The Sun stated that workmen in the passenger car shops commenced work Monday on a new order of one hundred Eastlake cars. This is incorrect. The old order is not yet completed.
James S. Bobb, formerly Deputy Sheriff of this county, was in the city yesterday. Mr. Bobb has been in Colorado for the past eight months, arriving at his home in Martinsburg last week. He likes that country, and from his looks it agrees with him admirably.
Miss Lilly M. Fries had a birthday party at her parents' residence on Fourteenth avenue last evening. There was a large gathering of little folks, and the young lady was the recipient of many presents from her guests. The company was treated to refreshments. A very enjoyable time was passed.
It is stated that the Philadelphia Coal Company, a corporation which several months ago leased the coal right of a number of acres of coal land from Mrs. M. M. Adams, near Cresson, will next week commence opening out several drifts on the north side of the turnpike, near the Summit.
The editor of the TRIBUNE is indebted to Mr. D. G. Hackett, business manager of the Fort Wayne Sentinel, for a handsome and very convenient reporter's note book, the product of that thriving newspaper establishment. It was not only an acceptable but appropriate New Year's gift, for which he has our thanks.
It will soon be the State of Blair, with Colonel Lemon, as Auditor General; Hewit, Speaker of the House; McCamant, Chief Clerk State Department; Patterson, Resident Clerk; Clark, Doorkeeper of the Senate, and King, clerk in the Auditor General's office, to say nothing of minor loaves and fishes in the House.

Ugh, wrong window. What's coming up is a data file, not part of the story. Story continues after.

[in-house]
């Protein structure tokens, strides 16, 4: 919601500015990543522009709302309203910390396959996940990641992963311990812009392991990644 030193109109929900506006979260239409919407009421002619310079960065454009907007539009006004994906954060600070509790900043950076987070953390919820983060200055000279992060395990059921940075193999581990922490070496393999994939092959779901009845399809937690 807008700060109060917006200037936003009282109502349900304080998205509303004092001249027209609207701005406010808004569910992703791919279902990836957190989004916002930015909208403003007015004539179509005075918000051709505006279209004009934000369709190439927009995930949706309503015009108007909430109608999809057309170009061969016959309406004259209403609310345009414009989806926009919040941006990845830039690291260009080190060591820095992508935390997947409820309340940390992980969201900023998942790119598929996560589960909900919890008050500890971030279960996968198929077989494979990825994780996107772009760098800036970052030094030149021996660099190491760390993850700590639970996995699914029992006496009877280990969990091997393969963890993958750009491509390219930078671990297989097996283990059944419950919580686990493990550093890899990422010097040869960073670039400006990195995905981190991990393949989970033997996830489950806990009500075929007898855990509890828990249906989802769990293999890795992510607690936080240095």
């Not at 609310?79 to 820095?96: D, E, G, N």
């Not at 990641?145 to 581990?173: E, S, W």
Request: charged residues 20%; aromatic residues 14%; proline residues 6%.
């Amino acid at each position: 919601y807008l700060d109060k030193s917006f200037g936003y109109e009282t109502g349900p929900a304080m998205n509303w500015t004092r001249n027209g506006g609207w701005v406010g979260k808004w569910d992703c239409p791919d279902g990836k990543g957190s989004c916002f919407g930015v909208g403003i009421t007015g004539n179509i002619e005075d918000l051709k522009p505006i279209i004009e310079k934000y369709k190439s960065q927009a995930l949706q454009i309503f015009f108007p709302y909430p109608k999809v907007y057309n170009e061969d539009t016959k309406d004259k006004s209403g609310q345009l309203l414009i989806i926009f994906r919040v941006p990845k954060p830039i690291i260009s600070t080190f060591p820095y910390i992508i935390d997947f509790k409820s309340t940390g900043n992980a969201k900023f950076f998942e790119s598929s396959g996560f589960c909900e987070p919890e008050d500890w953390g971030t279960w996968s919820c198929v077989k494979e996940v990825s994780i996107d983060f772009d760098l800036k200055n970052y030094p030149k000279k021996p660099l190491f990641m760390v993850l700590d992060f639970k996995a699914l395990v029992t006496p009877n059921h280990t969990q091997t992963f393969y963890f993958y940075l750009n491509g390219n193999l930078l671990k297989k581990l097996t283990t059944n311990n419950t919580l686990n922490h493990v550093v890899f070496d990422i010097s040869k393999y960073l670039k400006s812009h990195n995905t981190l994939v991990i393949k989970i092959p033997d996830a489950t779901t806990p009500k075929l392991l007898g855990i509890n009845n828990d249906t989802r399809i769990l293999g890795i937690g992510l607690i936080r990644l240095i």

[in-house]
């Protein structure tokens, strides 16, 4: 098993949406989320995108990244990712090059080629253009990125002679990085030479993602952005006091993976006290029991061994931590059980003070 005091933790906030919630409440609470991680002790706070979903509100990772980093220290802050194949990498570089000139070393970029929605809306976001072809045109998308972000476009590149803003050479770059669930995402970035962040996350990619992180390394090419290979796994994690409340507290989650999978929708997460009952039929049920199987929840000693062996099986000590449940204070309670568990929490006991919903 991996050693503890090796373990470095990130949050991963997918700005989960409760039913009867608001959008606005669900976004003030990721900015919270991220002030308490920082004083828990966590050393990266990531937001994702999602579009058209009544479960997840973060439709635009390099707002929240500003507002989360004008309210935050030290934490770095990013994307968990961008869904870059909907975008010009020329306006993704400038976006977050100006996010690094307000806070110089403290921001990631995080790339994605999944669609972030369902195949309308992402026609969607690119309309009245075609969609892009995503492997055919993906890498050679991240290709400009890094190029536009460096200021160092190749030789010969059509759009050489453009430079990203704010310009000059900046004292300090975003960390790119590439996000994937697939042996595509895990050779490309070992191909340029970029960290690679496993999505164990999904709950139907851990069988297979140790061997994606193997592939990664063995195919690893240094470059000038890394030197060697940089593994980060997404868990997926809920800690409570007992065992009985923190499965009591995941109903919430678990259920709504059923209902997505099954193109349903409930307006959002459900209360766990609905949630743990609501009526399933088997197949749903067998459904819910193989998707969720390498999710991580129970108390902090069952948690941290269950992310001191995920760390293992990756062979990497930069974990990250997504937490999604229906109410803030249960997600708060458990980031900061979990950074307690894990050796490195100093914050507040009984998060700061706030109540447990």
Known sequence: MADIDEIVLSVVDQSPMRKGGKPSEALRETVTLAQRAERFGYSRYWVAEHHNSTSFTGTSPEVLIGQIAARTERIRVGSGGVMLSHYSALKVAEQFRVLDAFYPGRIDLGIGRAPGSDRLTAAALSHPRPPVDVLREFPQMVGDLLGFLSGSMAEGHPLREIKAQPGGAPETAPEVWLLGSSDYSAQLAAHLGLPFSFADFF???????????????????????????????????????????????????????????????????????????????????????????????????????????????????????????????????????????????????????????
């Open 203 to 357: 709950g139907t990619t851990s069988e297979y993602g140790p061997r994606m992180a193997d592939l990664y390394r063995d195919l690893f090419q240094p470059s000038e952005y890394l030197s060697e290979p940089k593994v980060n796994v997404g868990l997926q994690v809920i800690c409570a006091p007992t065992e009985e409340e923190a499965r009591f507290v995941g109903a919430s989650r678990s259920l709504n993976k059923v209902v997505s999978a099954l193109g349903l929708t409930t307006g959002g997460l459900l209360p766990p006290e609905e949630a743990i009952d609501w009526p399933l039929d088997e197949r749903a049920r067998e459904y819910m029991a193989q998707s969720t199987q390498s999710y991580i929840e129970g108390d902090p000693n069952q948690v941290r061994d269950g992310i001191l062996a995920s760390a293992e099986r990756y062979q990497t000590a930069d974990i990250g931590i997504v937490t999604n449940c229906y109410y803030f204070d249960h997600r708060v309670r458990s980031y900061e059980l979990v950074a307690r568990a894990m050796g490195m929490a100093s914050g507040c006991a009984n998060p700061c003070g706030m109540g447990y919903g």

Miss Jennie Dell, daughter of Levi Dell, deceased, of Hare's valley, Huntingdon county, died December 29th, aged 20 years. The deceased was afflicted with inflammatory rheumatism ever since she was 13 years old and for six years had never walked a step nor had the use of her arms. Pleurisy, however, was the cause of her death.
Mr. George Hooper desires through the TRIBUNE to return his sincere thanks to Messrs. John P. Levan, Beatty, Charles and Rarick, of the lower shops, for the elegant New Year's gift sent through the postoffice. Mr. Hooper thinks these gentlemen are connoisseurs in art, and their eye for the beautiful is simply unrivaled. It tells with a jerk where their affections lie. The gilt to be appreciated must be seen.
Another Big Order.
The foreman of the locomotive shops yesterday received an order for ten new Class B. passenger engines. These engines are very strong and have been used to haul passenger trains up the mountain, but they are now coming into use all along the road. They have five-feet driving wheels and eighteen-inch cylinders. The shops are crowded with work at present.
A MIXED AFFAIR.